Picture: 123RF/welcomia
Picture: 123RF/welcomia

Another twist in the two-year wrangle over claims that traders at some of SA’s big banks were involved in rigging the currency suggests true accountability is still some way off. The case began when the Competition Commission said it planned to prosecute 18 banks for conspiring to rig the rand. Since then, the banks have sought to torpedo the commission’s case, claiming it was "vague and embarrassing", while the foreign banks have tried to wriggle out by claiming the local authorities have no jurisdiction over them.

In a display of Solomon-like wisdom, the Competition Tribunal last week delivered a ruling that gave none of the parties involved — neither the banks, nor the Competition Commission — what they asked for, but enabled many to claim victory.

"The tribunal has upheld Standard Bank’s exception and ordered the commission to restate its case within 40 days and with sufficient particularity to enable Standard Bank to know what it is," said Standard Bank’s spokesperson Ross Linstrom. Investec too said it "awaits receipt of the commission’s new referral affidavit".

And the commission, whose case was criticised for being vexatious and unreasonable, also seemed happy with the tribunal’s ruling. "This important step takes us closer to the banks responding and attending to the merits of the case," said spokesperson Sipho Ngwema.

Not even the foreign banks got what they asked for, which was to be let off scot-free.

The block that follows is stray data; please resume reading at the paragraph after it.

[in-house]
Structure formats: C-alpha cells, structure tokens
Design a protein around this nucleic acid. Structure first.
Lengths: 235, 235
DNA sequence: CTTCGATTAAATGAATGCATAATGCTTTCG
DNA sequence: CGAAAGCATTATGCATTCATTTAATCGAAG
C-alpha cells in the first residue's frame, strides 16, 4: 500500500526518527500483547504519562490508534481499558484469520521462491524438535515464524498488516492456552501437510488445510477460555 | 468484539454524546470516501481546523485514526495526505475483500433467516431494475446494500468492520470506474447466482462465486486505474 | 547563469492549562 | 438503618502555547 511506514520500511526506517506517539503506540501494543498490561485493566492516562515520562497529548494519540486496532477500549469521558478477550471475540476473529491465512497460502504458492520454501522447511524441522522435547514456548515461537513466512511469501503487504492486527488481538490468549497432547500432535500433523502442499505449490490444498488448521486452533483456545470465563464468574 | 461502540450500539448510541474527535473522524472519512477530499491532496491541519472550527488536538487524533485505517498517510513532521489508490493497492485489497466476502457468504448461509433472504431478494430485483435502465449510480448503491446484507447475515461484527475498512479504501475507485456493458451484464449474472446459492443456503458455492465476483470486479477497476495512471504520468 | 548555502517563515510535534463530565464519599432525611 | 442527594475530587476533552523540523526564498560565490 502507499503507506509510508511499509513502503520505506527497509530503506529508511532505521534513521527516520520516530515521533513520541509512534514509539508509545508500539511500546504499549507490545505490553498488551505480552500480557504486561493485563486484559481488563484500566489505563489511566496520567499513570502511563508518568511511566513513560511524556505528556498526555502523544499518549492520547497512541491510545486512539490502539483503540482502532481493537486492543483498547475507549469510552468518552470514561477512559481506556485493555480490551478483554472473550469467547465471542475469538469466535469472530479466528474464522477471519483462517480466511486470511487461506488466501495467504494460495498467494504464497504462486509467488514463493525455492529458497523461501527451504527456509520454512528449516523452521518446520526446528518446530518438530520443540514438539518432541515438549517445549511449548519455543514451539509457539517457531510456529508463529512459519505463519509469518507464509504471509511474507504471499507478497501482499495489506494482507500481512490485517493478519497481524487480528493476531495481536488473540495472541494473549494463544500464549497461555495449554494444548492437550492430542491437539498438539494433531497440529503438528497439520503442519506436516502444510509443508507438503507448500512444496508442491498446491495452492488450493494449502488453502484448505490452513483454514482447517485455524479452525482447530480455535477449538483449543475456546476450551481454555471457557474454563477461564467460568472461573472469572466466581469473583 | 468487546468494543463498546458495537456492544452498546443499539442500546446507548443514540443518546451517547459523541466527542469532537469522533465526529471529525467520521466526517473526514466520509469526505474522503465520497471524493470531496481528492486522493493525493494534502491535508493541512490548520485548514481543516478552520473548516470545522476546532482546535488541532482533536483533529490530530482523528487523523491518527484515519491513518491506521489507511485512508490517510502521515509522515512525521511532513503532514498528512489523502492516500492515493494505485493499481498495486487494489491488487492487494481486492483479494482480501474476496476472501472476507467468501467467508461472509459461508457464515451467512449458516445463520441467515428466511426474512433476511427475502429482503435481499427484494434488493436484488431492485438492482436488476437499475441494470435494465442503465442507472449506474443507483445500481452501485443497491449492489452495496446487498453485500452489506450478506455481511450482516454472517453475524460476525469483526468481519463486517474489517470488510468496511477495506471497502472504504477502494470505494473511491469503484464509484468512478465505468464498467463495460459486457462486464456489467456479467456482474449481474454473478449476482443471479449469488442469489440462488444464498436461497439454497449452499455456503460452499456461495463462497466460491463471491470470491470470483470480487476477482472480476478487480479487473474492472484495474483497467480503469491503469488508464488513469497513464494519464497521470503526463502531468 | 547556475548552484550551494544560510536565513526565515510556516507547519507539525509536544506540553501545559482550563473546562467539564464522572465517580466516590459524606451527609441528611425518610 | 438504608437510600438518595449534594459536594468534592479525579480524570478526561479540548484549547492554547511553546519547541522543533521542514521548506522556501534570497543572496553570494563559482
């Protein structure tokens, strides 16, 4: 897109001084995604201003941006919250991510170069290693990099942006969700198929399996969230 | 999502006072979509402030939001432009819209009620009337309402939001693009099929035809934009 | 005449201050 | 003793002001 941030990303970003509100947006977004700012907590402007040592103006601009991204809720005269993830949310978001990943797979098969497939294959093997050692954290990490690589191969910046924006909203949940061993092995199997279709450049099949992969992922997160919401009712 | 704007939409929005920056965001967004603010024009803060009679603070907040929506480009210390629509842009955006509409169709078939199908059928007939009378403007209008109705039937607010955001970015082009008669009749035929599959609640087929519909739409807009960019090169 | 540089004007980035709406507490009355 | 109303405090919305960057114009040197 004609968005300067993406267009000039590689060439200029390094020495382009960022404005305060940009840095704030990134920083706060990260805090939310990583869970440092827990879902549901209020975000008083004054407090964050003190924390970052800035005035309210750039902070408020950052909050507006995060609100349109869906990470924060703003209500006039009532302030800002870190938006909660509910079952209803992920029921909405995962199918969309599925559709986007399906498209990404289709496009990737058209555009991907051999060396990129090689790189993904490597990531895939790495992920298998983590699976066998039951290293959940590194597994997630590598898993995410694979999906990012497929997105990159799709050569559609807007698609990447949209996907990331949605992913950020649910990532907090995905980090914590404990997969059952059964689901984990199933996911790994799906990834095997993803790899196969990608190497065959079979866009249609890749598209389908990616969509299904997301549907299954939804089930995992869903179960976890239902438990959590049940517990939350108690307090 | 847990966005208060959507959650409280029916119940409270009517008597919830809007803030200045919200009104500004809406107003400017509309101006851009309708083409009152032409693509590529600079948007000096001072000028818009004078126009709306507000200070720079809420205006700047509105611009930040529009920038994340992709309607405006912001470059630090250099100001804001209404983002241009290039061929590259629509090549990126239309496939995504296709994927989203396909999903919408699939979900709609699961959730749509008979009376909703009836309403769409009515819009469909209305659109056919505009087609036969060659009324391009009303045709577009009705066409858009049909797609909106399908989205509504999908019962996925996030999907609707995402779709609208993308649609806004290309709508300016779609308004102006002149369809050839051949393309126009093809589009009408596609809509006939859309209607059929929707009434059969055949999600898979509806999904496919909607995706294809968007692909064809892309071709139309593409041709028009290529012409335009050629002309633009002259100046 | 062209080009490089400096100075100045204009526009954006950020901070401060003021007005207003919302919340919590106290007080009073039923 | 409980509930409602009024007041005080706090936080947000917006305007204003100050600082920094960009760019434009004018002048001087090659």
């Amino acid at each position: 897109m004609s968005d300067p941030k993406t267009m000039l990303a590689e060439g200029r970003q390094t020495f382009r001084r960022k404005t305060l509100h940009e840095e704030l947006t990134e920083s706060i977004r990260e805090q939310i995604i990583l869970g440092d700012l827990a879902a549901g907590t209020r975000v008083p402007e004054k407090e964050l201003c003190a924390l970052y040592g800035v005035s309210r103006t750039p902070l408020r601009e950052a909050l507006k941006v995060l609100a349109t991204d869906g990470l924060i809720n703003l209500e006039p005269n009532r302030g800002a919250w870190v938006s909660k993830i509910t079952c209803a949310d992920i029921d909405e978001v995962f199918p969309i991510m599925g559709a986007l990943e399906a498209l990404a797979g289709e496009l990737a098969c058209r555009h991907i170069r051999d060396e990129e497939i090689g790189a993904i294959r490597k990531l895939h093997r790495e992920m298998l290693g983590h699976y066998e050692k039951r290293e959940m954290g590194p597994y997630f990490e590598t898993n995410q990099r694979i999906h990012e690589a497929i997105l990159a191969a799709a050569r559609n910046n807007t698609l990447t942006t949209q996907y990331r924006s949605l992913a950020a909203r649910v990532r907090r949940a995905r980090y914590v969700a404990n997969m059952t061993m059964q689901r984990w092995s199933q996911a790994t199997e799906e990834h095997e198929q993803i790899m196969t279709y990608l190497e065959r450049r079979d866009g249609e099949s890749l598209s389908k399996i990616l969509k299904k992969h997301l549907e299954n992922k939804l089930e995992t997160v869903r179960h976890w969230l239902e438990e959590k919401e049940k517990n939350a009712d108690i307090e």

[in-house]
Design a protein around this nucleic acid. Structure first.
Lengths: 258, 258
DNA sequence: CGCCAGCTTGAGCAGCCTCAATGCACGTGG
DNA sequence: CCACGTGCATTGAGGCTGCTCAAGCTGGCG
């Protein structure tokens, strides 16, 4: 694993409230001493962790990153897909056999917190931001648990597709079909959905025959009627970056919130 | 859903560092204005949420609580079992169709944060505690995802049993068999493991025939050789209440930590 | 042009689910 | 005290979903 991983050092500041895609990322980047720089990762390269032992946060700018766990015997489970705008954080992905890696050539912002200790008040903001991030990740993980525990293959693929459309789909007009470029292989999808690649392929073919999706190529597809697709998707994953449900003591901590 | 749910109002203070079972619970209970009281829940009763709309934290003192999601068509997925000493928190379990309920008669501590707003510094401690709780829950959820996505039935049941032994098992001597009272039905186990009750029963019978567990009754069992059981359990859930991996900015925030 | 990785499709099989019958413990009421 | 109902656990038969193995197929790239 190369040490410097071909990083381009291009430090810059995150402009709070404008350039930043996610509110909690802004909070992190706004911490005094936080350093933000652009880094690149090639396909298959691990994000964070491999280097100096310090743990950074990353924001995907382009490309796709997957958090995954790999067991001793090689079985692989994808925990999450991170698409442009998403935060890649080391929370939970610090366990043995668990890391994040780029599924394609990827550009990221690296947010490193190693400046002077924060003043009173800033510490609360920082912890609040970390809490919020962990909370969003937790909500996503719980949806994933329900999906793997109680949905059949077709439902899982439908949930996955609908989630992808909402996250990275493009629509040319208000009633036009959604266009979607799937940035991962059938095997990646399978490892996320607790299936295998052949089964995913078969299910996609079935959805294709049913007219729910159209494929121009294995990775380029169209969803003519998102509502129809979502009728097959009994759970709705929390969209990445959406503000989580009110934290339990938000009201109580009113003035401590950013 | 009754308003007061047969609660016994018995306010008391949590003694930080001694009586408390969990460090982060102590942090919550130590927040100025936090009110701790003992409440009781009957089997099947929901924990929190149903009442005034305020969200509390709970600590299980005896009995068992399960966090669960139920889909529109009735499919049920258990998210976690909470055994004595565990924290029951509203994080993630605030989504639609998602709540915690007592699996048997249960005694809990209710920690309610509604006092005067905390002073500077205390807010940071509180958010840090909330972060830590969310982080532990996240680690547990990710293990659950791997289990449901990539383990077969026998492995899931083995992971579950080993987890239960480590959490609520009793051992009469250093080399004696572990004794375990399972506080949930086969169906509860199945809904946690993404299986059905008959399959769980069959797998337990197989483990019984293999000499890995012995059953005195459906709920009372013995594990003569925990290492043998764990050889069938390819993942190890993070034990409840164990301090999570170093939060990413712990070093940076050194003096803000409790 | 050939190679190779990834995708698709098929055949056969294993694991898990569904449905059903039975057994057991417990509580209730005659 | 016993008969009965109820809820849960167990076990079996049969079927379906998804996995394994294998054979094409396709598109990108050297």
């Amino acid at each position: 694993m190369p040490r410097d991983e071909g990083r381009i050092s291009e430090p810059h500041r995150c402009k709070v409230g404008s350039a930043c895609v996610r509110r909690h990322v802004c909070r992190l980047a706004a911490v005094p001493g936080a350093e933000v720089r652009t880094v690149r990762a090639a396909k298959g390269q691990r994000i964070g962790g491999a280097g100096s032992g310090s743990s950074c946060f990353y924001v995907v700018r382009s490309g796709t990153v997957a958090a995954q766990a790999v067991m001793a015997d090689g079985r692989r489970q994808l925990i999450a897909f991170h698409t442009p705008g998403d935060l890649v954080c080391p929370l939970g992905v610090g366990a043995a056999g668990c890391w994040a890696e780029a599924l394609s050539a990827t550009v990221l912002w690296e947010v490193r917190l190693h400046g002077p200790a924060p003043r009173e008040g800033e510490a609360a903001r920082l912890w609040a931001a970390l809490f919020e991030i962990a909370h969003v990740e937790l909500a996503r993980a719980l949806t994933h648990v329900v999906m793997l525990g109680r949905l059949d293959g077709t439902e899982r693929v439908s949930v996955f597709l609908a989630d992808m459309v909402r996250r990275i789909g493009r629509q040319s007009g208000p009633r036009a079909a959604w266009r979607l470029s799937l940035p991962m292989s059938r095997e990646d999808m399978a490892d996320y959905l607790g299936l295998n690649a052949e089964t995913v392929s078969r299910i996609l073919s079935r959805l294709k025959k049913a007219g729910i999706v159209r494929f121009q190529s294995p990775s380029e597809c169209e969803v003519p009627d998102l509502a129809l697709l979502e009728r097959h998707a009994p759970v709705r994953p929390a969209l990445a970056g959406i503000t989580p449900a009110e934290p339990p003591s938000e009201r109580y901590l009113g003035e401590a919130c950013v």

Of course the tribunal’s 76-page ruling doesn’t have Solomon’s air of simplicity. Hardly surprising, given that Solomon never had to deal with Bloomberg chat rooms and people with intriguing names like ZARdomination. He did not have to consider jurisdictional issues, track complex trades in currency derivatives or deal with the pharaoh-like bombastic authority of the banks.

The word "arcane" might have been invented to describe currency trading — understood by few, mysterious or secret. Despite this, or because of it, currency-related products underpin a $5.1-trillion-a-day market in which most of the world’s biggest banks are deeply involved. Trading in foreign exchange markets swamps the level of trade in goods and commercial services, now standing at a meagre $15-trillion a year.

Remarkably, the SA Competition Commission could be on track to becoming the first competition authority in the world to prosecute forex charges in court. It’s not that authorities in other countries haven’t gone after forex manipulators — it’s just that they’ve typically reached settlements or issued administrative decisions. Since 2013 alleged wrongdoers at the banks have stumped up more than $10bn in penalties for this.

But if the commission is to have any hope of ensuring its "vague and embarrassing" case proceeds, it will need to panelbeat its allegations into a form that won’t be rejected by the tribunal.

The "peregreni" — firms that are neither domiciled nor carry on business in SA — haven’t been allowed to dodge responsibility either.

Tribunal chair Norman Manoim said that even if the commission could not enforce a judgment on foreign banks, the door should still be left open for them to be declared in violation of SA law.

"It is still a matter of public interest in fighting the scourge of cartels, to pronounce upon the conduct of foreign firms whose conduct has harmed SA consumers," said Manoim.

It’ll be a long and winding road. But at least it means the banks will have to account for the substance of the claims, rather than dodging accountability on hyper-technical arguments.